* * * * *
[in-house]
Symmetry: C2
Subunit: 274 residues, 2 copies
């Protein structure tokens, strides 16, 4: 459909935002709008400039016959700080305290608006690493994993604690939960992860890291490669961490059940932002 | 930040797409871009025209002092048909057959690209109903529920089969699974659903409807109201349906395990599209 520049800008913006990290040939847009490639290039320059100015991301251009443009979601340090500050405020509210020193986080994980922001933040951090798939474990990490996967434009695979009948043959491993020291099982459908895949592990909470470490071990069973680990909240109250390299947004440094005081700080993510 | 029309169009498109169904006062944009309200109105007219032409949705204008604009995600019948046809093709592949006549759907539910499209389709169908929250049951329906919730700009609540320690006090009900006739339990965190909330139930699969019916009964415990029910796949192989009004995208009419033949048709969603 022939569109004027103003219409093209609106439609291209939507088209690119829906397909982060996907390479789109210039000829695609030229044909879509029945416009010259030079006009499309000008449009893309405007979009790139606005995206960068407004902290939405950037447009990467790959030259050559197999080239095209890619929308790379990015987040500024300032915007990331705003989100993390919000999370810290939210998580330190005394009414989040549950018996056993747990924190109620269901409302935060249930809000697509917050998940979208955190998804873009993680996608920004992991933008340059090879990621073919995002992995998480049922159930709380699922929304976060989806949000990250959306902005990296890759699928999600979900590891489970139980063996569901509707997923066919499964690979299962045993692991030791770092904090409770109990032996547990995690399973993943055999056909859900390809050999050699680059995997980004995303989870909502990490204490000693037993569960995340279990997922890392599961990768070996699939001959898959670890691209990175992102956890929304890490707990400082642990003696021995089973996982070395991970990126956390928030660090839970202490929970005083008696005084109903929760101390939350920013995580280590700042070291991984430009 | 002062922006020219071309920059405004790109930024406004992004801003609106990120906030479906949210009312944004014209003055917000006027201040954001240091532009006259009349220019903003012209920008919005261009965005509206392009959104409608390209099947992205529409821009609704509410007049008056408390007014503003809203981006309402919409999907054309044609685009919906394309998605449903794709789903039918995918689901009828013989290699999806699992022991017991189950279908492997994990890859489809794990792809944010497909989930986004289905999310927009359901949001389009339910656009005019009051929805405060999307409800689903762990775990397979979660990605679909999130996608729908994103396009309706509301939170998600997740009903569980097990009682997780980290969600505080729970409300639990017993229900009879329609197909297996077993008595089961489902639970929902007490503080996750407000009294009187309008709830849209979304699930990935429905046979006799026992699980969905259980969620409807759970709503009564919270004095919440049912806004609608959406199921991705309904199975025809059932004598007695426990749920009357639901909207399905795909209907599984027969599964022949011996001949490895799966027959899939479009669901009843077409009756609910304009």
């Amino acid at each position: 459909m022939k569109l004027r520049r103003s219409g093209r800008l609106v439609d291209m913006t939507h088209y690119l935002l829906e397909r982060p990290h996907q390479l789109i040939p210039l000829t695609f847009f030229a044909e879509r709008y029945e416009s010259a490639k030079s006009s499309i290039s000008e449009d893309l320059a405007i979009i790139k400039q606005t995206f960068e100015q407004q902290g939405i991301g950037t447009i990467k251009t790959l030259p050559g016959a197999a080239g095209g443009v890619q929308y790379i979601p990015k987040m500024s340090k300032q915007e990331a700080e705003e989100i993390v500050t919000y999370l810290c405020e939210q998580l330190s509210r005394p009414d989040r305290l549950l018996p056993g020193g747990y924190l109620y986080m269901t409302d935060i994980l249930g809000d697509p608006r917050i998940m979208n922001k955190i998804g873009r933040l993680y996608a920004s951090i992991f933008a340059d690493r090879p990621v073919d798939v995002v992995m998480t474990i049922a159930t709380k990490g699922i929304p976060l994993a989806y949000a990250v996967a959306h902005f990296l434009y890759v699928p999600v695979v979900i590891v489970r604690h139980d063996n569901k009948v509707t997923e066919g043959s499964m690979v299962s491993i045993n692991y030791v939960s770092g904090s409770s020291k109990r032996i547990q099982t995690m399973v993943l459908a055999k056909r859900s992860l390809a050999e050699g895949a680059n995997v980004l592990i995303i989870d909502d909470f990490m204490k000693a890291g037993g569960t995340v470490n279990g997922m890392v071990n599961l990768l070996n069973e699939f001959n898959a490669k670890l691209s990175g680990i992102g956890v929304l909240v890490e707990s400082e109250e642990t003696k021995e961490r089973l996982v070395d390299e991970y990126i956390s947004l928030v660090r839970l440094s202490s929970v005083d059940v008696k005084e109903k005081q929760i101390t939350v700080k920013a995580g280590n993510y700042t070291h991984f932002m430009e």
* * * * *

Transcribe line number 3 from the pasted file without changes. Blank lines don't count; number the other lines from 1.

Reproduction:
Subunit: 274 residues, 2 copies